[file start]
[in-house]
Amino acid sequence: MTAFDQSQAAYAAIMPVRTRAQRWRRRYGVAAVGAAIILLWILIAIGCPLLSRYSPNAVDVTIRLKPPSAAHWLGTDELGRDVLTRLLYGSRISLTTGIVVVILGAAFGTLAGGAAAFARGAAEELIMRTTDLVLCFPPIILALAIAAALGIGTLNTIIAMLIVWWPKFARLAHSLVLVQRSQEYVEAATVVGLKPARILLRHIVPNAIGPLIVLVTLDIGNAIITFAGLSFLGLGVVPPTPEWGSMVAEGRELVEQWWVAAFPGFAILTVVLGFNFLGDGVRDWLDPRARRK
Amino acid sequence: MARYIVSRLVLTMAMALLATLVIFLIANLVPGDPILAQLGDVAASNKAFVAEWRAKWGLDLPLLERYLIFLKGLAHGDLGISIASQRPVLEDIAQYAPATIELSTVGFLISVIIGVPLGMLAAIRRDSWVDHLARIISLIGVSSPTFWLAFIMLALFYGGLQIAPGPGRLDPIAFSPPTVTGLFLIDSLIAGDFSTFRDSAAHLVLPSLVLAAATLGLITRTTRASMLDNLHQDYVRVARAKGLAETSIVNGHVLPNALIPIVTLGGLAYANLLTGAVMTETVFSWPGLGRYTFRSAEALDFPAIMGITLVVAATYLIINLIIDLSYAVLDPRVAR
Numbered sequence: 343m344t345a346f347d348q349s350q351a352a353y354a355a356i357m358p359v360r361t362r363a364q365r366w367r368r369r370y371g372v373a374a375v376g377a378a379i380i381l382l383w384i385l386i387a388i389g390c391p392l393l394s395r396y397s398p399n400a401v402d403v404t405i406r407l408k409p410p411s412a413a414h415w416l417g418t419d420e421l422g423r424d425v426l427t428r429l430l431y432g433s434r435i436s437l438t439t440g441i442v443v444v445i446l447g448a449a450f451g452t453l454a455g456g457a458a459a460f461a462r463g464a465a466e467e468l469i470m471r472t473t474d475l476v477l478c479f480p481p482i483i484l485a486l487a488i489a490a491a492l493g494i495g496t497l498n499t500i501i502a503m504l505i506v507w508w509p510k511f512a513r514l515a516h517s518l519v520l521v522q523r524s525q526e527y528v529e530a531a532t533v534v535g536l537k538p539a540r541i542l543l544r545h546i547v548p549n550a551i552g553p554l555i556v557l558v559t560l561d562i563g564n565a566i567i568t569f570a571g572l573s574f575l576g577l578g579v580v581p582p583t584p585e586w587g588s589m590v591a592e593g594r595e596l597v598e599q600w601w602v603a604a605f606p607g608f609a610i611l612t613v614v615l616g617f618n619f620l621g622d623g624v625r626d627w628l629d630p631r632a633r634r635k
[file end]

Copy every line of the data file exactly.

[in-house]
Amino acid sequence: MTAFDQSQAAYAAIMPVRTRAQRWRRRYGVAAVGAAIILLWILIAIGCPLLSRYSPNAVDVTIRLKPPSAAHWLGTDELGRDVLTRLLYGSRISLTTGIVVVILGAAFGTLAGGAAAFARGAAEELIMRTTDLVLCFPPIILALAIAAALGIGTLNTIIAMLIVWWPKFARLAHSLVLVQRSQEYVEAATVVGLKPARILLRHIVPNAIGPLIVLVTLDIGNAIITFAGLSFLGLGVVPPTPEWGSMVAEGRELVEQWWVAAFPGFAILTVVLGFNFLGDGVRDWLDPRARRK
Amino acid sequence: MARYIVSRLVLTMAMALLATLVIFLIANLVPGDPILAQLGDVAASNKAFVAEWRAKWGLDLPLLERYLIFLKGLAHGDLGISIASQRPVLEDIAQYAPATIELSTVGFLISVIIGVPLGMLAAIRRDSWVDHLARIISLIGVSSPTFWLAFIMLALFYGGLQIAPGPGRLDPIAFSPPTVTGLFLIDSLIAGDFSTFRDSAAHLVLPSLVLAAATLGLITRTTRASMLDNLHQDYVRVARAKGLAETSIVNGHVLPNALIPIVTLGGLAYANLLTGAVMTETVFSWPGLGRYTFRSAEALDFPAIMGITLVVAATYLIINLIIDLSYAVLDPRVAR
Numbered sequence: 343m344t345a346f347d348q349s350q351a352a353y354a355a356i357m358p359v360r361t362r363a364q365r366w367r368r369r370y371g372v373a374a375v376g377a378a379i380i381l382l383w384i385l386i387a388i389g390c391p392l393l394s395r396y397s398p399n400a401v402d403v404t405i406r407l408k409p410p411s412a413a414h415w416l417g418t419d420e421l422g423r424d425v426l427t428r429l430l431y432g433s434r435i436s437l438t439t440g441i442v443v444v445i446l447g448a449a450f451g452t453l454a455g456g457a458a459a460f461a462r463g464a465a466e467e468l469i470m471r472t473t474d475l476v477l478c479f480p481p482i483i484l485a486l487a488i489a490a491a492l493g494i495g496t497l498n499t500i501i502a503m504l505i506v507w508w509p510k511f512a513r514l515a516h517s518l519v520l521v522q523r524s525q526e527y528v529e530a531a532t533v534v535g536l537k538p539a540r541i542l543l544r545h546i547v548p549n550a551i552g553p554l555i556v557l558v559t560l561d562i563g564n565a566i567i568t569f570a571g572l573s574f575l576g577l578g579v580v581p582p583t584p585e586w587g588s589m590v591a592e593g594r595e596l597v598e599q600w601w602v603a604a605f606p607g608f609a610i611l612t613v614v615l616g617f618n619f620l621g622d623g624v625r626d627w628l629d630p631r632a633r634r635k